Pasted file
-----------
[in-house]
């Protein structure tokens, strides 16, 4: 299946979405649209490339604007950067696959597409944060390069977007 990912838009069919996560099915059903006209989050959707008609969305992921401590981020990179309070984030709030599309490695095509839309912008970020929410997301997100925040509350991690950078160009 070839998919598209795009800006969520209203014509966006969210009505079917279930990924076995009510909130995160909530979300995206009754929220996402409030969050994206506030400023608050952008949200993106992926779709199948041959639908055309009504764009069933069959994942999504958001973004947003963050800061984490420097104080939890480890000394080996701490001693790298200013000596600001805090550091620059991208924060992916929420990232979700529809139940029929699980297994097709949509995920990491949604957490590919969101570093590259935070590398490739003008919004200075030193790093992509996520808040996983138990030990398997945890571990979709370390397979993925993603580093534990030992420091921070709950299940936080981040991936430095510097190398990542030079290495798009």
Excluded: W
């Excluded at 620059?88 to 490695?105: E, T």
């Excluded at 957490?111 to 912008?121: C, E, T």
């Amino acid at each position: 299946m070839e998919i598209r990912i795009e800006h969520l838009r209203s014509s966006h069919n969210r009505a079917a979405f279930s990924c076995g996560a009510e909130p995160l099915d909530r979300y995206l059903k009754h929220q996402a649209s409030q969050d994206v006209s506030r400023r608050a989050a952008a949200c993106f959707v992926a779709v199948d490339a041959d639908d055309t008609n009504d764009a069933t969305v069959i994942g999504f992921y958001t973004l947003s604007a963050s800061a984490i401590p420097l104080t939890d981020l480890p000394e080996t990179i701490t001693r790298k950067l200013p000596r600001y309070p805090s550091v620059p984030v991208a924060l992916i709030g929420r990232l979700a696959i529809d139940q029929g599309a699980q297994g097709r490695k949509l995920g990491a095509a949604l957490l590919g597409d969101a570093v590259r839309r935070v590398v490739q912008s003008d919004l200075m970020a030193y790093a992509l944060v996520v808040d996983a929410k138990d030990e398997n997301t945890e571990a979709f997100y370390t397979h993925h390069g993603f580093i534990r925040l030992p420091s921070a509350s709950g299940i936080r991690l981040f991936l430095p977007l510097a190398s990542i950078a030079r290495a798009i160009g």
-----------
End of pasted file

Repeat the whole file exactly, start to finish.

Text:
[in-house]
């Protein structure tokens, strides 16, 4: 299946979405649209490339604007950067696959597409944060390069977007 990912838009069919996560099915059903006209989050959707008609969305992921401590981020990179309070984030709030599309490695095509839309912008970020929410997301997100925040509350991690950078160009 070839998919598209795009800006969520209203014509966006969210009505079917279930990924076995009510909130995160909530979300995206009754929220996402409030969050994206506030400023608050952008949200993106992926779709199948041959639908055309009504764009069933069959994942999504958001973004947003963050800061984490420097104080939890480890000394080996701490001693790298200013000596600001805090550091620059991208924060992916929420990232979700529809139940029929699980297994097709949509995920990491949604957490590919969101570093590259935070590398490739003008919004200075030193790093992509996520808040996983138990030990398997945890571990979709370390397979993925993603580093534990030992420091921070709950299940936080981040991936430095510097190398990542030079290495798009």
Excluded: W
């Excluded at 620059?88 to 490695?105: E, T």
């Excluded at 957490?111 to 912008?121: C, E, T």
């Amino acid at each position: 299946m070839e998919i598209r990912i795009e800006h969520l838009r209203s014509s966006h069919n969210r009505a079917a979405f279930s990924c076995g996560a009510e909130p995160l099915d909530r979300y995206l059903k009754h929220q996402a649209s409030q969050d994206v006209s506030r400023r608050a989050a952008a949200c993106f959707v992926a779709v199948d490339a041959d639908d055309t008609n009504d764009a069933t969305v069959i994942g999504f992921y958001t973004l947003s604007a963050s800061a984490i401590p420097l104080t939890d981020l480890p000394e080996t990179i701490t001693r790298k950067l200013p000596r600001y309070p805090s550091v620059p984030v991208a924060l992916i709030g929420r990232l979700a696959i529809d139940q029929g599309a699980q297994g097709r490695k949509l995920g990491a095509a949604l957490l590919g597409d969101a570093v590259r839309r935070v590398v490739q912008s003008d919004l200075m970020a030193y790093a992509l944060v996520v808040d996983a929410k138990d030990e398997n997301t945890e571990a979709f997100y370390t397979h993925h390069g993603f580093i534990r925040l030992p420091s921070a509350s709950g299940i936080r991690l981040f991936l430095p977007l510097a190398s990542i950078a030079r290495a798009i160009g």